- expert support and coaching that focuses on individual needs. Dealing with an increasingly diverse student population requires consistent and long-term support for each teacher, at every level of their professional career.
More and more PD companies are offering on-demand, self-paced online training that supports active learning via practical application of new methods and techniques. With the push for fostering a 21st century classroom environment, digital tools are becoming the norm for delivering instruction, and a teacher’s ability to reinforce tech concepts and skills for their students is dependent on their own comfort with technology.
OKTOPUS is a simple-to-use teaching and learning package, with annotation and collaboration tools, premade lessons, and learning games that can engage even the most reticent learner. But with limited planning time, how can you learn to effectively incorporate this software? OKTOPUS offers online training modules to help you successfully integrate technology, boost your confidence with using tech in the classroom, and improve learning outcomes.
Why worry about squeezing in professional development when OKTOPUS provides effective PD on your time? The OKTOPUS Educator online PD is focused on content you will use with your students, incorporates active learning, and includes expert coaching and support. To learn more, go to www.qwizdomoktopus.com or email email@example.com.
Choose the best answer to the following question:
On a Wednesday afternoon, a math teacher asks his class of 6th graders, “Who wants to play a game?” What is the most likely response from the class of students?
- A few students raise their hands while the rest of the class shrugs their shoulders with indifference.
- About half the class raise their hands enthusiastically, and the other half of the class nod their heads in resignation.
- About half the class raise their hands straight up, a fourth of the class raise their hands with some enthusiasm, and the rest of the class shrug with indifference.
- The entire class raise their hands so high that their bodies are practically ejected from their chairs, all while yelling, “Me! Me!”
- None of the above. You teach a classroom of robots.
Playing games in the classroom has often been seen as a reward for great behavior or completing classwork on time, a keep-‘em-busy activity for rainy days inside, or as a time-filler on a Friday afternoon when the weekend is this close. How do you use games in the classroom? Do you use games?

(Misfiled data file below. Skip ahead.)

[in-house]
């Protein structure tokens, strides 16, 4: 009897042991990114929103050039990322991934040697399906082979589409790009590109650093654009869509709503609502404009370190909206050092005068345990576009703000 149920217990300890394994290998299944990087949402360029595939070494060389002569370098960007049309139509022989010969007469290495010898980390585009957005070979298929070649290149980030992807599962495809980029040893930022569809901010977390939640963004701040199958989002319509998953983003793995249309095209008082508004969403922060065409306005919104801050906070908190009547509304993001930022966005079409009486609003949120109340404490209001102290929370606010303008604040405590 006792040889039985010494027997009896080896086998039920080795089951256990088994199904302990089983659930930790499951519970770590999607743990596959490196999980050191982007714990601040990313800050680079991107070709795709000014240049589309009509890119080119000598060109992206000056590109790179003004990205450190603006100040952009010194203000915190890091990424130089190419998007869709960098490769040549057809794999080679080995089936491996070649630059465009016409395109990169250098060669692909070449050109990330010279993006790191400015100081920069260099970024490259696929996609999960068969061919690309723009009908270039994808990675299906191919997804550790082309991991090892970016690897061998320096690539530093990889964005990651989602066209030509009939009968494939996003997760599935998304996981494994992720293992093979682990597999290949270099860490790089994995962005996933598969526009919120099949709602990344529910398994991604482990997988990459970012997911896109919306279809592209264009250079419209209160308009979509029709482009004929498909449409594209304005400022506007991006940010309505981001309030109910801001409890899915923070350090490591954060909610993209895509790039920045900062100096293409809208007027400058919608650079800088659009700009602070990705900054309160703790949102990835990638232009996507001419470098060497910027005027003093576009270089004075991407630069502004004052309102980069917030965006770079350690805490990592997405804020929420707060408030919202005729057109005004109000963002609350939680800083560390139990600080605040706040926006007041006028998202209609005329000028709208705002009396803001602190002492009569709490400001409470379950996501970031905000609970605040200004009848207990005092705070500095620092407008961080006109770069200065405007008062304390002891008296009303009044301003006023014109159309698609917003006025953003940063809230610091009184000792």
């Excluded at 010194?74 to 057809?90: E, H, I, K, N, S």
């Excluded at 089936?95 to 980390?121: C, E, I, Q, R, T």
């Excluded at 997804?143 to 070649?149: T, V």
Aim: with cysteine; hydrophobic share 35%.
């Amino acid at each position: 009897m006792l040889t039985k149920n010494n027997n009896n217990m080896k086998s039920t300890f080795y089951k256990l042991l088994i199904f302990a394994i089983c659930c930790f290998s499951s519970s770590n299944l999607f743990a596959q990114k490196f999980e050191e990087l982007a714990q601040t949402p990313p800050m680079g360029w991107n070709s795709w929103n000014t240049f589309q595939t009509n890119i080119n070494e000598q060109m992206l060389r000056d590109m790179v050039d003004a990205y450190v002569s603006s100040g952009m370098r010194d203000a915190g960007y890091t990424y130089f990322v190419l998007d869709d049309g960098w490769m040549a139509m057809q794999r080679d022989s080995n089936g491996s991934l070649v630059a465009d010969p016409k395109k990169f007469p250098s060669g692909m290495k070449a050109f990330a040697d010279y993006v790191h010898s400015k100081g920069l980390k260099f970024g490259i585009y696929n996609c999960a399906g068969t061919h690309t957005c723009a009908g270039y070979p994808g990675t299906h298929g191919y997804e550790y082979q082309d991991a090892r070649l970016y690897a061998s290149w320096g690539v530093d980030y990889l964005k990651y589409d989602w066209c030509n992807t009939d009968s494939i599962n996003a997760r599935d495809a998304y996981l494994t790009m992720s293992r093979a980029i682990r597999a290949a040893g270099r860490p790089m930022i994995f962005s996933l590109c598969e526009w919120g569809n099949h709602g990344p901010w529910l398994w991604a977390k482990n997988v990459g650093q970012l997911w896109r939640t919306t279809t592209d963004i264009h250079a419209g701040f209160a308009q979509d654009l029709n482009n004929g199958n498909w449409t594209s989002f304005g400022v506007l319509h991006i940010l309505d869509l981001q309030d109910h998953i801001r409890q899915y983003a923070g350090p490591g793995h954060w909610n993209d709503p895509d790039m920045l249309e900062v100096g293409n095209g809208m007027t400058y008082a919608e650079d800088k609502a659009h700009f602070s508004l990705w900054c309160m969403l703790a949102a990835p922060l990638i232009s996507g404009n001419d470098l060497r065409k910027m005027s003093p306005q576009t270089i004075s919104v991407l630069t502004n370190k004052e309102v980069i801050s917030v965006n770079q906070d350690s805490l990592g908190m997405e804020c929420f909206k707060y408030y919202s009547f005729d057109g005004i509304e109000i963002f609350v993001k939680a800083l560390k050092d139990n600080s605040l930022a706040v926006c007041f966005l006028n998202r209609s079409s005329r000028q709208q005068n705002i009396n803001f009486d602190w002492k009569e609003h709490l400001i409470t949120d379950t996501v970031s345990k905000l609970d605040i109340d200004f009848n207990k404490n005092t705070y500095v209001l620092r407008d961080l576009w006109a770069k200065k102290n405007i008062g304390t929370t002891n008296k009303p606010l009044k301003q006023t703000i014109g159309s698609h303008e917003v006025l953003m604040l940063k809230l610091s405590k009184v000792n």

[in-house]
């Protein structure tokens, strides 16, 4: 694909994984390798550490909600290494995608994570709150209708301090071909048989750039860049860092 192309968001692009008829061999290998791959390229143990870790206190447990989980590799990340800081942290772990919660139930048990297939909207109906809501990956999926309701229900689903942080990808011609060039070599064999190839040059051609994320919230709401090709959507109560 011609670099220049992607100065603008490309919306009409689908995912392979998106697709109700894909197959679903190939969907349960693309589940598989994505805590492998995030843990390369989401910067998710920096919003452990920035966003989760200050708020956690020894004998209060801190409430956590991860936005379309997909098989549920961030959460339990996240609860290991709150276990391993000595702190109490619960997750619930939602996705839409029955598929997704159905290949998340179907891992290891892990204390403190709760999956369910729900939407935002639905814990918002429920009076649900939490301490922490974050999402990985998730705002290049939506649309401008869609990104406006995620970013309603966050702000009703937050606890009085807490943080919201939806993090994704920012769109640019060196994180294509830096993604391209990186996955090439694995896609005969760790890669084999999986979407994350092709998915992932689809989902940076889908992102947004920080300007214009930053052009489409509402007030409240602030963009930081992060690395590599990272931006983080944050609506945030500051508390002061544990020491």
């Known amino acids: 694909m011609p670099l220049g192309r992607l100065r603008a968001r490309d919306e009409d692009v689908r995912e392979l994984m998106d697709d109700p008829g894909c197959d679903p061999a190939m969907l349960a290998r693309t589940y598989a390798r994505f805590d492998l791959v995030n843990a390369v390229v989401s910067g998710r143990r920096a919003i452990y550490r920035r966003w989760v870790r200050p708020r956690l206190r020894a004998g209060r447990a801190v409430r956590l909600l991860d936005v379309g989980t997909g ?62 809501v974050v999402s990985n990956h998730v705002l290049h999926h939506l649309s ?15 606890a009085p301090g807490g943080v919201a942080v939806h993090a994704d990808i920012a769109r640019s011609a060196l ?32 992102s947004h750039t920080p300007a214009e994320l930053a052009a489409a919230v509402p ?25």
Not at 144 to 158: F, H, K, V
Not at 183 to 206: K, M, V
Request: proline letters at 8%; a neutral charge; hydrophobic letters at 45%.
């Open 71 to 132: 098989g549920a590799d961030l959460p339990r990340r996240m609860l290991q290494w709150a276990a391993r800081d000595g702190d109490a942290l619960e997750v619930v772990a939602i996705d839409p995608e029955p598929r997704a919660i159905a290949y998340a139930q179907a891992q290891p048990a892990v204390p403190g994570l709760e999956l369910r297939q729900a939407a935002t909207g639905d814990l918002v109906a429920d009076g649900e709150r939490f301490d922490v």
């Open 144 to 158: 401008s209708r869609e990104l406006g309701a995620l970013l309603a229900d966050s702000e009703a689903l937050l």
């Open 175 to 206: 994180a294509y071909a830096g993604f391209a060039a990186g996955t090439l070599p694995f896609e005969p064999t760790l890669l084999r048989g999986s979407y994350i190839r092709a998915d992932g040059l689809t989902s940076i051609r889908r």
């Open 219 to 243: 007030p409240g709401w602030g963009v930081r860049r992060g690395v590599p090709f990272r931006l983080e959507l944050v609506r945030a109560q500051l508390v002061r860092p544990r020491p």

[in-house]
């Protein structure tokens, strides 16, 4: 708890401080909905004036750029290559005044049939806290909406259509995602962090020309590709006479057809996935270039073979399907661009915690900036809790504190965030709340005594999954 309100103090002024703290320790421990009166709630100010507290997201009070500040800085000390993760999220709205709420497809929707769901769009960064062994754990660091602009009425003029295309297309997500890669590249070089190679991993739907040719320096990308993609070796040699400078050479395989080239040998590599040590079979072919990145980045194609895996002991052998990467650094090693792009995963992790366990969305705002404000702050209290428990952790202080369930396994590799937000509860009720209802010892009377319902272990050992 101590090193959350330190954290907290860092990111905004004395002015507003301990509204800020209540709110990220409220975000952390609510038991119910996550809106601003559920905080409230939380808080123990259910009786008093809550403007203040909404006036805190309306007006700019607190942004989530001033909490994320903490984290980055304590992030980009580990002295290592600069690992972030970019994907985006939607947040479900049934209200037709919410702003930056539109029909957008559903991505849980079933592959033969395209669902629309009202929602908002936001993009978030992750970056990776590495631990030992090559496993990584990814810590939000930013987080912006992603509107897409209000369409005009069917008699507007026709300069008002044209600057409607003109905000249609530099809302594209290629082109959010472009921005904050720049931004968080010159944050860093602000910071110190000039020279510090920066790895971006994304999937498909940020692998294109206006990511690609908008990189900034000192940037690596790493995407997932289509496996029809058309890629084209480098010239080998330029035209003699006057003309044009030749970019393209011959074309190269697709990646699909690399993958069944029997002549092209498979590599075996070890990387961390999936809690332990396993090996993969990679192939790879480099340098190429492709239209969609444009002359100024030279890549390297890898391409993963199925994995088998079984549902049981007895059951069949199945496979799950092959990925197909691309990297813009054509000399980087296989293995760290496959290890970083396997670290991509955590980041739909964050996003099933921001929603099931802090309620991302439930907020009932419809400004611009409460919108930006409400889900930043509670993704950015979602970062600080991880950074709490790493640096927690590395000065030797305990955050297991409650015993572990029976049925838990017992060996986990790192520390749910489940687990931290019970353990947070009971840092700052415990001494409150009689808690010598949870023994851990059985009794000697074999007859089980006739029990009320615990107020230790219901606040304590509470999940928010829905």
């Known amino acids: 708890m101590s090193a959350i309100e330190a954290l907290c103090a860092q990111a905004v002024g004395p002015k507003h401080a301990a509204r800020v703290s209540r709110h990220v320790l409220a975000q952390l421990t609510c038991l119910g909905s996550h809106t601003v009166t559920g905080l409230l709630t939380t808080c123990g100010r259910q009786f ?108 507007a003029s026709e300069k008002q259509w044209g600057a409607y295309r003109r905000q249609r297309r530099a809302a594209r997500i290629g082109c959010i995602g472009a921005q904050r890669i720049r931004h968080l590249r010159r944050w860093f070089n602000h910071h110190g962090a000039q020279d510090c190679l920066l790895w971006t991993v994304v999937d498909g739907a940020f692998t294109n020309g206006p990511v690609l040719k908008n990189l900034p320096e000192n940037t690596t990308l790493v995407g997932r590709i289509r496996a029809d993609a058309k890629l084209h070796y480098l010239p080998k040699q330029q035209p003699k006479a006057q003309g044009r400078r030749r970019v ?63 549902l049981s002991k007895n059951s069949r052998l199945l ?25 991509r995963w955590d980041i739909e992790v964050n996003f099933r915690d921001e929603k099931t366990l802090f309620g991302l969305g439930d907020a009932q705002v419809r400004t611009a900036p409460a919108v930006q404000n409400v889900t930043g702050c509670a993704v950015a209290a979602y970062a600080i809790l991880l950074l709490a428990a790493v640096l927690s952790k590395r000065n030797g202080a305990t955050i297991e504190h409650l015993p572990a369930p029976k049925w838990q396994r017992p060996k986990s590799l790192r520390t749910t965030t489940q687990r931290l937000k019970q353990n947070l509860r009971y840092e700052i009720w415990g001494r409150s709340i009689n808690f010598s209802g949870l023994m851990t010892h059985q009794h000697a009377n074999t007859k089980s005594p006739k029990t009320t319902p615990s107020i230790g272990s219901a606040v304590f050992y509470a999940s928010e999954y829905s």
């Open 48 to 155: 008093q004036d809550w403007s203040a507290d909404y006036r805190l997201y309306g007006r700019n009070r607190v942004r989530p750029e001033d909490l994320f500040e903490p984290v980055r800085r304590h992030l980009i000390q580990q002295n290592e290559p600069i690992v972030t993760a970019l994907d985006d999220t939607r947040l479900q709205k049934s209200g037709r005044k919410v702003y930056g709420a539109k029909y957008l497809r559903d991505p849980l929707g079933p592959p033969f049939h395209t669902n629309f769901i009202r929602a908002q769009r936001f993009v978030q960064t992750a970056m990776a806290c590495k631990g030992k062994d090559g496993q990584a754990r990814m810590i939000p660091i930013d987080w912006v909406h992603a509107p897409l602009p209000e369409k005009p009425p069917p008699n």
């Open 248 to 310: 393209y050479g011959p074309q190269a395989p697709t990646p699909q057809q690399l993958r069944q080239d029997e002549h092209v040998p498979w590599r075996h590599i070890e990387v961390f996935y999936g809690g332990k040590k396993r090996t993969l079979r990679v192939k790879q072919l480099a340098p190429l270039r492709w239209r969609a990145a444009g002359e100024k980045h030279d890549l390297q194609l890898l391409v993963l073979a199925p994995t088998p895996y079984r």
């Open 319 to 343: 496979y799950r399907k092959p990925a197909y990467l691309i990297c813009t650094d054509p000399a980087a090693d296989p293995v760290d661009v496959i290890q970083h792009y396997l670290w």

Incorporating games in an educational context can be tricky, especially when considering video games. How will the game work with a class of 30 students? Will the younger students understand how to play? What is the time investment in using video games to learn a new concept or skill? Is it even necessary to do so?
There are the adventurous few who use video games as an integral part of their teaching day and have found success in doing so. These educators find that there are incredible benefits to incorporating game play, such as:
- Increased student motivation and engagement
- Greater variety of active learning opportunities
- Immediate feedback reinforces learning
- Repeated practice with new skills for mastery
But, are all video games conducive to learning? Besides research (search “What games do 5th grade math teachers use?”) and reading through user reviews, it is important that you play the video games yourself. As you do, reflect on the following questions:
- What is the goal of the game?
- Is the game simple to understand?
- What is the purpose of the game?
- Are there different levels to the game?
- Which students would benefit from the game?
- Will students get feedback on their game play?
- Is this a game my students would want to play?
You may have other questions depending on the makeup of your class, such as language and maturity level of the game, game support that students can independently access (i.e. a Help link or FAQs page for general game play information), and student accessibility during the school day (i.e. Can the video game only be played as a whole class? Can it be played in small groups on one device?). It is clear that the use of a game played on an interactive board, laptop, or tablet needs more research than simply, “What looks fun and is free?”
There are features of a video game that can answer many of the questions you may have about a game, especially its relationship to effective learning:*
- Motivation: Does the game motivate students because they are able to work through and solve a problem? Once the problem is solved, are there more to solve so that they feel a level of mastery? Playing a game that motivates a student to continue through learning and advancement is certainly a plus.
- Competition: Is there a degree of healthy competition involved? Gamers tend to enjoy the competitive piece of video games and this can be appealing in the classroom setting.